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WHO says syringe shortage could hinder COVID-19 fight in Africa

WHO says syringe shortage could hinder COVID-19 fight in Africa
One U.N. expert said Thursday that "countless" lives in Africa depend on a major increase in syringe production. File Photo by Keizo Mori/UPI | License Photo

Oct. 28 (UPI) -- The World Health Organization said Thursday that a shortage of syringes in Africa could hinder the fight against COVID-19 on the continent.

UNICEF Director Henrietta Fore said on Wednesday that a "serious shortage" of syringes could arise by the end of 2022.

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Thursday, the WHO's Africa director, Matshidiso Moeti, said the shortage is causing a looming threat for vulnerable populations on the continent.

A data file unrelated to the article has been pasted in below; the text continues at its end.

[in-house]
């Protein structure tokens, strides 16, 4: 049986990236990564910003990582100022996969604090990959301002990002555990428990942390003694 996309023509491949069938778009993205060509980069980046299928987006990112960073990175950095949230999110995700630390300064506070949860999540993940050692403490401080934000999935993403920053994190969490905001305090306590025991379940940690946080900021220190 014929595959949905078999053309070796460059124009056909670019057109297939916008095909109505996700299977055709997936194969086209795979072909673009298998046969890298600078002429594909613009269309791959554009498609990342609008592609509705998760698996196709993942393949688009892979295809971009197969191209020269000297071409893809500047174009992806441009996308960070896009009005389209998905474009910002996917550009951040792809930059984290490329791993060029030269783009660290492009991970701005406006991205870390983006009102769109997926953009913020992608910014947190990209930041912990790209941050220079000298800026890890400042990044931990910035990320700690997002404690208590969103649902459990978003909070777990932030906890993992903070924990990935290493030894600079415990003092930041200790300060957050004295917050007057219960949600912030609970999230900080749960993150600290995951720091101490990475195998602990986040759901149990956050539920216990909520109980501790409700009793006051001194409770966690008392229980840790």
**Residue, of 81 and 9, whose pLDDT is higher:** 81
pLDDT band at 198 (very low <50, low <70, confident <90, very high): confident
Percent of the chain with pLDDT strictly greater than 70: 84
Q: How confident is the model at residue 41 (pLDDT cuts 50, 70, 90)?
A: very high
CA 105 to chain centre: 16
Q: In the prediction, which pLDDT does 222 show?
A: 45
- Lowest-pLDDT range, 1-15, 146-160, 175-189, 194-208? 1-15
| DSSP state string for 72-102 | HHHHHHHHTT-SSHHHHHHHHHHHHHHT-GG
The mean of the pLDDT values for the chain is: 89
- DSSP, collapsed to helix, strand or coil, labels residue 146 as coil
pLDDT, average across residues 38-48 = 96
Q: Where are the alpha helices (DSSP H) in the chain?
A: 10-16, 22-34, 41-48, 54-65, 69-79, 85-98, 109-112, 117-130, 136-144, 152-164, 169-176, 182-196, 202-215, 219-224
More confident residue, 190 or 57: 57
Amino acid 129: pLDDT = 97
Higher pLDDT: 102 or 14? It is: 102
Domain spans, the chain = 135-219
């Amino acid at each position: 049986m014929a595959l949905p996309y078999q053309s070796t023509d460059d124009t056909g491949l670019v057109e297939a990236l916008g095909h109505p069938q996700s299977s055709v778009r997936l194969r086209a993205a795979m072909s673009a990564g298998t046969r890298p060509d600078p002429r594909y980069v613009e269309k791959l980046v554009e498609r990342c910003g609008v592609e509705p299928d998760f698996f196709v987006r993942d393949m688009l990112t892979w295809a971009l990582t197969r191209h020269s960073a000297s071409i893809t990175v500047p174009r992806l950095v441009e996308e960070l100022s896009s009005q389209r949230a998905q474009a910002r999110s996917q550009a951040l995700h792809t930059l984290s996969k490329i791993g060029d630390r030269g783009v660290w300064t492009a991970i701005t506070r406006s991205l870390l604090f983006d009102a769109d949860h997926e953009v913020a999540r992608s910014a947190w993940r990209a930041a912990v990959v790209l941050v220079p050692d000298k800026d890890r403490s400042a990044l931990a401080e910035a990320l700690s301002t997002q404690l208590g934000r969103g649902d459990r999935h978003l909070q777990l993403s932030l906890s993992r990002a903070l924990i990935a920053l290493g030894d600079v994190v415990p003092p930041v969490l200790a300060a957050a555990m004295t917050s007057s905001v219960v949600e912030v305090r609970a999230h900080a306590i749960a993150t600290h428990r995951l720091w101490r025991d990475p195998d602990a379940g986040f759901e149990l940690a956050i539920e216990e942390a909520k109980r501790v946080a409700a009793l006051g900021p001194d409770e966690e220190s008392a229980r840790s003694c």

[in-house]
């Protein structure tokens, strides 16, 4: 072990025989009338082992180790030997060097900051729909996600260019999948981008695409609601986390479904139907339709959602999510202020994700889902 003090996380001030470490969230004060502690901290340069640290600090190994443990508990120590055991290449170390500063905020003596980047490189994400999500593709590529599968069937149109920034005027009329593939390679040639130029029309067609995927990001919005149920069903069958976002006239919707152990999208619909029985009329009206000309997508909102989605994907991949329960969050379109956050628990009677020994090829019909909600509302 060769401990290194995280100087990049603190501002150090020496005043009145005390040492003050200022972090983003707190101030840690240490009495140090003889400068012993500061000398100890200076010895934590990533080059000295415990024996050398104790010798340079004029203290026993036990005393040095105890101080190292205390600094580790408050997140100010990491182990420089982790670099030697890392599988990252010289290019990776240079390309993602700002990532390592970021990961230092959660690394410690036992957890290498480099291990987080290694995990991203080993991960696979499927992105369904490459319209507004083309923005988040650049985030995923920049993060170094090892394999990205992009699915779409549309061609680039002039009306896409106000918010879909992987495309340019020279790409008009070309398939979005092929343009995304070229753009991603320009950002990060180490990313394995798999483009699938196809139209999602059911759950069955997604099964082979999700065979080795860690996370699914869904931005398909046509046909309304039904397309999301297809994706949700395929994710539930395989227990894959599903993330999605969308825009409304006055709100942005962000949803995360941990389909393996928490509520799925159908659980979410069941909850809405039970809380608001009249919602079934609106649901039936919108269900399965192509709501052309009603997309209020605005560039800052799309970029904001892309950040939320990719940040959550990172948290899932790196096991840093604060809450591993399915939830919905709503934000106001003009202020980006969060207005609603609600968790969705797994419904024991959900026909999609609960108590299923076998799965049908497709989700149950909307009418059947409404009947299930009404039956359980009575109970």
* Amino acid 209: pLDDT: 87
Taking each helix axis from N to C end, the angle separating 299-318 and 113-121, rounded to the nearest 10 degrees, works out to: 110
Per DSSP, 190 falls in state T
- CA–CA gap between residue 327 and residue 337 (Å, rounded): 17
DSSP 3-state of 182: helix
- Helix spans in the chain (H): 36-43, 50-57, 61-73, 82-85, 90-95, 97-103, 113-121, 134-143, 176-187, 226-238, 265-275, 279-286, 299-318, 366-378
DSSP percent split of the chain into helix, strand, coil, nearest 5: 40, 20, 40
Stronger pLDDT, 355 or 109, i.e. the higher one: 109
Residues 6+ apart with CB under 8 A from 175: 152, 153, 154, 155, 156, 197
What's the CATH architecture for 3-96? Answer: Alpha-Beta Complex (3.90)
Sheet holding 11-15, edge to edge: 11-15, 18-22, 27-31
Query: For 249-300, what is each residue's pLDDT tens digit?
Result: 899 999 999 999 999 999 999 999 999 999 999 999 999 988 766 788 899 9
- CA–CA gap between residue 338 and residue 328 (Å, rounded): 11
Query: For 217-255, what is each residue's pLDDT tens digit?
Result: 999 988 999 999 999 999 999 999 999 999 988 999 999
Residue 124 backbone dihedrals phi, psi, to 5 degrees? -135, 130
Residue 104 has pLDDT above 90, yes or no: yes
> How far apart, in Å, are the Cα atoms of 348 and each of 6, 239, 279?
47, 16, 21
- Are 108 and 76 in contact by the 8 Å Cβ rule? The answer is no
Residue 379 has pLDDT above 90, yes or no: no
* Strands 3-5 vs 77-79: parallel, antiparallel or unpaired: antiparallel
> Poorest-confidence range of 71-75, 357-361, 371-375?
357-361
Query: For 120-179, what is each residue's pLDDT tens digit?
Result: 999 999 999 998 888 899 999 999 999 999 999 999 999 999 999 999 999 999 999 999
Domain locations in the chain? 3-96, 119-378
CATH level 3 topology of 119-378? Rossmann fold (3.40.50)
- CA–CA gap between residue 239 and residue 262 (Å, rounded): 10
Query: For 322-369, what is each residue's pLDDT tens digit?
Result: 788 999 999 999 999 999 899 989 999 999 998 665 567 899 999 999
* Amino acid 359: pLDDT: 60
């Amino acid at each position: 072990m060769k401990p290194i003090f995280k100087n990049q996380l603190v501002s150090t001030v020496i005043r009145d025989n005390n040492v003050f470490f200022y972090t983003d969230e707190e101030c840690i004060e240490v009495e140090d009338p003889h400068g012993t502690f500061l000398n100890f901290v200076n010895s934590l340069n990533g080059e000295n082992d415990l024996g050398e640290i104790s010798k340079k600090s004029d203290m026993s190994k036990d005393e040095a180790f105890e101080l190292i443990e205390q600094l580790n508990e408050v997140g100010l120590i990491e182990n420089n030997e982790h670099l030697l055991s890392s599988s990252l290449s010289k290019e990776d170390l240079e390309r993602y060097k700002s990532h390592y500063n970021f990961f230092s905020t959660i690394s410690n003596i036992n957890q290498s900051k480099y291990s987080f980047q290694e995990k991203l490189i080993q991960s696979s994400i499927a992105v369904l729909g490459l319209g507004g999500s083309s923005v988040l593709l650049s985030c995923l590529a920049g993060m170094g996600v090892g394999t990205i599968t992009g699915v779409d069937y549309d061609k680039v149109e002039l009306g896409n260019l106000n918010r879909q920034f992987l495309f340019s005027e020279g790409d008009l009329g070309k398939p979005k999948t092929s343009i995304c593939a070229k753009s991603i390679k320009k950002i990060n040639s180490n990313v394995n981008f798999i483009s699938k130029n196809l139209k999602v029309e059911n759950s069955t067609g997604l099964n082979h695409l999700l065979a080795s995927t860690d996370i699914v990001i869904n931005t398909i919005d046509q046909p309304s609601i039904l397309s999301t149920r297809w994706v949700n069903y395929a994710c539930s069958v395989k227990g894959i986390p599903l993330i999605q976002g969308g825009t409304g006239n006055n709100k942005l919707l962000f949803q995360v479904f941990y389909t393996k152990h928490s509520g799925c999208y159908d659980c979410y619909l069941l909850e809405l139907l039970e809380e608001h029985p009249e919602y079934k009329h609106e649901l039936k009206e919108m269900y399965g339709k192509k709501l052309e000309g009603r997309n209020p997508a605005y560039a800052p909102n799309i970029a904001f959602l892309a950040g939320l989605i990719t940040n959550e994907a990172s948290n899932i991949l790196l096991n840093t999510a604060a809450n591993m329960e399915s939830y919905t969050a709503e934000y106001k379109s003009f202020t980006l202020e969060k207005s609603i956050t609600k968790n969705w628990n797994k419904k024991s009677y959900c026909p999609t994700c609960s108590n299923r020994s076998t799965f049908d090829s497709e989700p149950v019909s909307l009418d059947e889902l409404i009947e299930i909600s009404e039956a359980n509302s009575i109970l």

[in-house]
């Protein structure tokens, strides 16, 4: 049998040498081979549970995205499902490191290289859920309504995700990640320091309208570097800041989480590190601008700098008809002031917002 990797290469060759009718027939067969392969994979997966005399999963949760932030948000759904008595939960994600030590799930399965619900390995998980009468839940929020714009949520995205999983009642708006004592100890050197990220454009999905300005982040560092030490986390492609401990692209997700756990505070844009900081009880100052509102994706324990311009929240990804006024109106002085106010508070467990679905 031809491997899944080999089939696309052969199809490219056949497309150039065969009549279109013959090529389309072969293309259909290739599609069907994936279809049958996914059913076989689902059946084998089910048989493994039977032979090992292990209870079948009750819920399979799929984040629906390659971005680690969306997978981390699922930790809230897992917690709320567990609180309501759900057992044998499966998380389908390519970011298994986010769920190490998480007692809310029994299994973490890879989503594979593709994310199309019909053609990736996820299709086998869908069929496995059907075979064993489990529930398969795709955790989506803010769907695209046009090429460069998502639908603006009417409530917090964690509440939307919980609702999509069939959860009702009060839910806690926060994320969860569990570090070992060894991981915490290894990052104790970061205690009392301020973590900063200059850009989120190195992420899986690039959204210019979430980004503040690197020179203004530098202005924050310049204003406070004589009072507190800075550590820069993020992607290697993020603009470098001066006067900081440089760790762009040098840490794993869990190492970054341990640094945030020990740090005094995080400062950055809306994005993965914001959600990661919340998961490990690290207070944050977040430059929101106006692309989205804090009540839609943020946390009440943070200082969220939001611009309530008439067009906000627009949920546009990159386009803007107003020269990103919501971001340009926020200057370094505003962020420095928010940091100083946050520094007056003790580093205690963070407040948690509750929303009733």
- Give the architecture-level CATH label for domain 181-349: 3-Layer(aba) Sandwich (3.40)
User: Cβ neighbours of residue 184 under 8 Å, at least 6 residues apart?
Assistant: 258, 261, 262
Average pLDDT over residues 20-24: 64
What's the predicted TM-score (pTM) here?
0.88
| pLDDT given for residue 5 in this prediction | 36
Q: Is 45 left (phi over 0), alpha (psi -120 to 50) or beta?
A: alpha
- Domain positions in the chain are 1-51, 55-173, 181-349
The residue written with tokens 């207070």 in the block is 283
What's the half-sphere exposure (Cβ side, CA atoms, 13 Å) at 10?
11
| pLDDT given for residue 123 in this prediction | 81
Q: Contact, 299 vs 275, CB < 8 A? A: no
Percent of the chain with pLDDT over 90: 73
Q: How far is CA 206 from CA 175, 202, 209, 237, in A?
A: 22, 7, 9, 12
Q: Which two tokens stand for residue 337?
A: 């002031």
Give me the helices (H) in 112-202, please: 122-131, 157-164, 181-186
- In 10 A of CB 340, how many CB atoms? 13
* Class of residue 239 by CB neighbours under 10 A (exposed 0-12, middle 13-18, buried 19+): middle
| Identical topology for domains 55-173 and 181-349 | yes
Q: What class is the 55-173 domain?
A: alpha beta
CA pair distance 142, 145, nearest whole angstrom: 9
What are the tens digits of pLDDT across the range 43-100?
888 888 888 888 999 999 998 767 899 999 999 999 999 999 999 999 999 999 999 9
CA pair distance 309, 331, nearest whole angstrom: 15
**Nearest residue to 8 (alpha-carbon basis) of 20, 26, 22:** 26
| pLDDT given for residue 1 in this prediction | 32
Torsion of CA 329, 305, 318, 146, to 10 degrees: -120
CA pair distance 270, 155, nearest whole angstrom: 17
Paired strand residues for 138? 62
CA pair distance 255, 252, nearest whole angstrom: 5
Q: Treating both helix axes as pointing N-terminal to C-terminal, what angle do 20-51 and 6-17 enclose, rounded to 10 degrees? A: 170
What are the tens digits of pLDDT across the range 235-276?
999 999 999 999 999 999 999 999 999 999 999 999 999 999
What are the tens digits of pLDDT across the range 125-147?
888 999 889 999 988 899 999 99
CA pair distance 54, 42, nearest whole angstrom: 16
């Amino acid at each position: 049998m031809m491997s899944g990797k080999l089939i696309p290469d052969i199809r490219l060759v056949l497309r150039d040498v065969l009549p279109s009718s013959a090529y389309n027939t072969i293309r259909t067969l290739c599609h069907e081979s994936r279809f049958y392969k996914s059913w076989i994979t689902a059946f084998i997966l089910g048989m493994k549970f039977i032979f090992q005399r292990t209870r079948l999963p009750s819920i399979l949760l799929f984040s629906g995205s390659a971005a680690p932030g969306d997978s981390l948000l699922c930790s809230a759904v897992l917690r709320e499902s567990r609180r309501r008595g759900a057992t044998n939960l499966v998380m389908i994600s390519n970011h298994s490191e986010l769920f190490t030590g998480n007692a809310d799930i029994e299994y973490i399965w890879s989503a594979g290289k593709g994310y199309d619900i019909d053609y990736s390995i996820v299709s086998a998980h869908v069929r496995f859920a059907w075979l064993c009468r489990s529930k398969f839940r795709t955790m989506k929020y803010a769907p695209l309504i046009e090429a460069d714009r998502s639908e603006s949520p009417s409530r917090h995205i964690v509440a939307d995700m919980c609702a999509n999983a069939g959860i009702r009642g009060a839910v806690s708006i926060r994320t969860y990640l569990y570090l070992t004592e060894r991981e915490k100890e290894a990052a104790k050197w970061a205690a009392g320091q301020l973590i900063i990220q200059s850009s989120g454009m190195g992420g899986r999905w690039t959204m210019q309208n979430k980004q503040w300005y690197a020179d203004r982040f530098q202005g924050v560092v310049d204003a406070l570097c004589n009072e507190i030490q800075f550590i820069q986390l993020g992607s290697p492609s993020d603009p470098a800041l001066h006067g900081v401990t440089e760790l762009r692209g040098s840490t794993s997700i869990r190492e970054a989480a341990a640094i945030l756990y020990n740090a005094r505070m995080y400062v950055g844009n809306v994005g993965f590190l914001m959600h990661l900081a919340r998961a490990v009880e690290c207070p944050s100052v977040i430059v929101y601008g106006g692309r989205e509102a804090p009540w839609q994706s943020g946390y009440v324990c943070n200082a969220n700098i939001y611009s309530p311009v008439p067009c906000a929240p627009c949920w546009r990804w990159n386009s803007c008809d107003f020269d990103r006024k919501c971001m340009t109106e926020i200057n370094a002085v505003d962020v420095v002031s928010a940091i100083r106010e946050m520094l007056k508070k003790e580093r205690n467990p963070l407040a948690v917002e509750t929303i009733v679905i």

"Early next year, COVID-19 vaccines will start pouring into Africa, but a scarcity of syringes could paralyze progress," he said.

"Drastic measures must be taken to boost syringe production, fast. Countless African lives depend on it."

The agency expects a shortage of about 2.2 billion auto-disposable syringes due to disruptions in supply chains and national bans on syringe exports.

The shortage applies to syringes that lock automatically to prevent reuse. Middle and low-income communities will be hardest hit by the shortage, Fore said, where just over 3% of residents are partly vaccinated.

There have been 8.4 million coronavirus cases in Africa and 217,000 related deaths.

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